Plains Elementary School
Home of the Plains Tigers
Our school is a family consisting of students, parents, community members, and school staff. All members of our school family support the principles of respect, responsibility, fairness, trustworthiness, caring and citizenship as we care for and learn from each other. We are committed to assuring that a safe, positive learning environment is created in which all students feel accepted and appreciated. Our mission is to help students acquire the desire and the skills to take an active role in their own learning and to assume responsibility for their own behavior.
This mission is best accomplished when school personnel maintain high expectations for all students, take responsibility for professional growth, monitor students’ progress on a frequent basis, and promote effective home-school communication and involvement. At Plains Elementary School, we truly believe that the student always comes first.
Adopted May, 1993
Revised November, 1998
Revised January, 2008
PES School Report Card
During the late 1960s, the Rockingham County School Board was faced with the question of what to do with three aging elementary buildings on the northern end of the county: Broadway, Timberville and Tenth Legion. In 1968 the School Board voted to build a large elementary school in Timberville to replace the three older schools. A New School Study ommittee was formed to develop educational specifications for the new school. The committee included teachers, administrators, parents, and students. The committee studied and visited a number of buildings with innovative designs and, in 1969 presented their report to the School Board. It was the feeling of the committee that the building should be flexible in design to accommodate newer instructional methods which included learning-center-based instruction and team teaching. The School Board employed the architectural firm of Davis and McClintock to design the facility. The ground was broken for the new facility in the spring of 1971, and Lantz Construction Company of Broadway was chosen as the contractor for the new building, which would cost approximately one million dollars. The design featured six open-space “pods” with a gymnasium and cafeteria connected by the office area and a main central hallway. In September of 1971, Tenth Legion principal Larry R. Huffman was chosen to head the new school scheduled to open in the fall of 1972. An Open Space Planning Committee was formed to develop an educational plan for the school which would incorporate elements of the British Primary program. One of these features was multi-age grouping where each of the instructional “pods” would contain a team of teachers with children of different grade levels. After teachers were selected for the new school, a variety of in-service training programs were provided.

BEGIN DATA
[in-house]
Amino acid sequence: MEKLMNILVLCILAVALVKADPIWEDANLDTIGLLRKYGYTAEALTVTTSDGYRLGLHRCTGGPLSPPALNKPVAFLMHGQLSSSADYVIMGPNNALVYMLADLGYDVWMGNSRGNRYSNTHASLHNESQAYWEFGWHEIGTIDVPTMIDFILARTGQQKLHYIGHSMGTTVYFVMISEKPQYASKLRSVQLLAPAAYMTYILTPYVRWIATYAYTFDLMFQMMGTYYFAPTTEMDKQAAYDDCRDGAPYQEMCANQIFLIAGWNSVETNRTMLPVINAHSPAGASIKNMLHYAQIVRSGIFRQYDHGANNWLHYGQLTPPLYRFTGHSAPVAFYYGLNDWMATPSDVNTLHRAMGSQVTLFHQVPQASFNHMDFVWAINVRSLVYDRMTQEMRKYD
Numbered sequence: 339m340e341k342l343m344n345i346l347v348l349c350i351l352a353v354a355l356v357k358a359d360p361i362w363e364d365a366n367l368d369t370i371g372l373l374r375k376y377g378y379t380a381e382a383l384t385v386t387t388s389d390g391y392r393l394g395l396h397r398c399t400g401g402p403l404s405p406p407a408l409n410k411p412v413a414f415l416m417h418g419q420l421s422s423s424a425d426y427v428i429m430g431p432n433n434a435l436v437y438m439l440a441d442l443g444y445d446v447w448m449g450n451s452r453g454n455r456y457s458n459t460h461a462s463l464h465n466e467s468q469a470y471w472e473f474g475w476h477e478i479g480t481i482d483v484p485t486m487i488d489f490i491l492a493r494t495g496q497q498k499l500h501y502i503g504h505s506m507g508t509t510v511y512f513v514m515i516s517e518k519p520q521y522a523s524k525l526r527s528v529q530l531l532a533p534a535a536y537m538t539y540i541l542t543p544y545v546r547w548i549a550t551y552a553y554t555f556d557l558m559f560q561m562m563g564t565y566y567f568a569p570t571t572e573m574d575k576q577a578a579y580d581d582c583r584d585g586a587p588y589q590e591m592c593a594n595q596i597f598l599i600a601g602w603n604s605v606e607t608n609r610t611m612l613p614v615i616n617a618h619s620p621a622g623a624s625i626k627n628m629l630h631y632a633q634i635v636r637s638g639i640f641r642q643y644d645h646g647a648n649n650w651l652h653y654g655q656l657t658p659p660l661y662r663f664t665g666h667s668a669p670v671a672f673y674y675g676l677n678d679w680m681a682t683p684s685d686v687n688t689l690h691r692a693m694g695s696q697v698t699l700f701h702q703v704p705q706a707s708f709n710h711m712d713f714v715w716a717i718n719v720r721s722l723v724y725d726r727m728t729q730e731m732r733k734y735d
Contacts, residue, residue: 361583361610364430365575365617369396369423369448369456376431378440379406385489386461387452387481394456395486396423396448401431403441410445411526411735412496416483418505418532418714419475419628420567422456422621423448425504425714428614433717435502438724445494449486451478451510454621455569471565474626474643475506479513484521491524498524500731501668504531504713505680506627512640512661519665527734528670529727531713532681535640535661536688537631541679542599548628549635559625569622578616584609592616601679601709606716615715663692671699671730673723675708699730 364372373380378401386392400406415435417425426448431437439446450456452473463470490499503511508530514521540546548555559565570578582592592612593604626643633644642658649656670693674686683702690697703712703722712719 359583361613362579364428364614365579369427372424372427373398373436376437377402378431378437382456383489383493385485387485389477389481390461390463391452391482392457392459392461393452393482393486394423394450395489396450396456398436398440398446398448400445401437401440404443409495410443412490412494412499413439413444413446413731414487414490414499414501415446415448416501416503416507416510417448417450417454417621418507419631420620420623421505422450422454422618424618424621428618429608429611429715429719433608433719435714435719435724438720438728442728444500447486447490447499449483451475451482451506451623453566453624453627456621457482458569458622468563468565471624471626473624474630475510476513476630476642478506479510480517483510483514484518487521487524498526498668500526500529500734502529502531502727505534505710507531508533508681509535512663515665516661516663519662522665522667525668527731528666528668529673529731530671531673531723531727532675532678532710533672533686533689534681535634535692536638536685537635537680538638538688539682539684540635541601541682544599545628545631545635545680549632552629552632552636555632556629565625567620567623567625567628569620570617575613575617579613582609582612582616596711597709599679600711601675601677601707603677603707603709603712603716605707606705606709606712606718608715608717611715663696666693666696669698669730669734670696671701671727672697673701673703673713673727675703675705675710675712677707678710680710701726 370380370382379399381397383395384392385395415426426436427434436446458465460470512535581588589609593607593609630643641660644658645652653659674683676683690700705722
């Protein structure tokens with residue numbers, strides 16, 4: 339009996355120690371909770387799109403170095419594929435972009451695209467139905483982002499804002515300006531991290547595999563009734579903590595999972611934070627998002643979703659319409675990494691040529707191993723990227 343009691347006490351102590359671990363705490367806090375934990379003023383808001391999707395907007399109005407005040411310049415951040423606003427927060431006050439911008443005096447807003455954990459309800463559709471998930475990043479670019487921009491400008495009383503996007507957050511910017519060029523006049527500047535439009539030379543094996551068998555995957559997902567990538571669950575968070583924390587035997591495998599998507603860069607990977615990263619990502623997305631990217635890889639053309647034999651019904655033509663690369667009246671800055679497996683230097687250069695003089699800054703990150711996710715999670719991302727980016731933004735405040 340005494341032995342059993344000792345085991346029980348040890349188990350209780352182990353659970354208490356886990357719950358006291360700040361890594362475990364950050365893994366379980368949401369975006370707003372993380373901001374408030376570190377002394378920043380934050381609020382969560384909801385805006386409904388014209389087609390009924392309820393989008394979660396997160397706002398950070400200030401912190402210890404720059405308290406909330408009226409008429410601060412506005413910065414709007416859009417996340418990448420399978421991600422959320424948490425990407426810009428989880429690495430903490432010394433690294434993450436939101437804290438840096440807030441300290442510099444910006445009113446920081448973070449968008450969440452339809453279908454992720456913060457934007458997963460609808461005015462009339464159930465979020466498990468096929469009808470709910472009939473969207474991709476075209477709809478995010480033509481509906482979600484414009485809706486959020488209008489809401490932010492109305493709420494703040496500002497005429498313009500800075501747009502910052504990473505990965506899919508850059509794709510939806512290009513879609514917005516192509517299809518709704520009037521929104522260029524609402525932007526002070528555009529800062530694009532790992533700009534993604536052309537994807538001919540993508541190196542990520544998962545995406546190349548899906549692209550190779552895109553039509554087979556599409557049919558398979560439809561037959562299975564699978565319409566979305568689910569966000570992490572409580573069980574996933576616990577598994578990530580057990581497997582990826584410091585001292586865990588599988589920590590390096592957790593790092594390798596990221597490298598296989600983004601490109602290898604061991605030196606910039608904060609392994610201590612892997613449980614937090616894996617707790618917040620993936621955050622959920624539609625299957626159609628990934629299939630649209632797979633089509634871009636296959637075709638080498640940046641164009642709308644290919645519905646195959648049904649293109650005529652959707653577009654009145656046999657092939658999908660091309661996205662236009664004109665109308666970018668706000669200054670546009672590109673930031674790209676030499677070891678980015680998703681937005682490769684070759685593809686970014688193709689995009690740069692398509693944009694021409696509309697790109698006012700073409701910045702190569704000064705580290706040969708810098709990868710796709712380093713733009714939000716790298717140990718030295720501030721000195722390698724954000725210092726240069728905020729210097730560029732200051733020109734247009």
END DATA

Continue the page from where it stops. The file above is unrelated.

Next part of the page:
Plains Elementary School opened in the fall of 1972 with nearly 1000 students in grades 1-6. The parents and community were generally enthusiastic about the new school and the innovative programs, and the school enjoyed a high level of public support.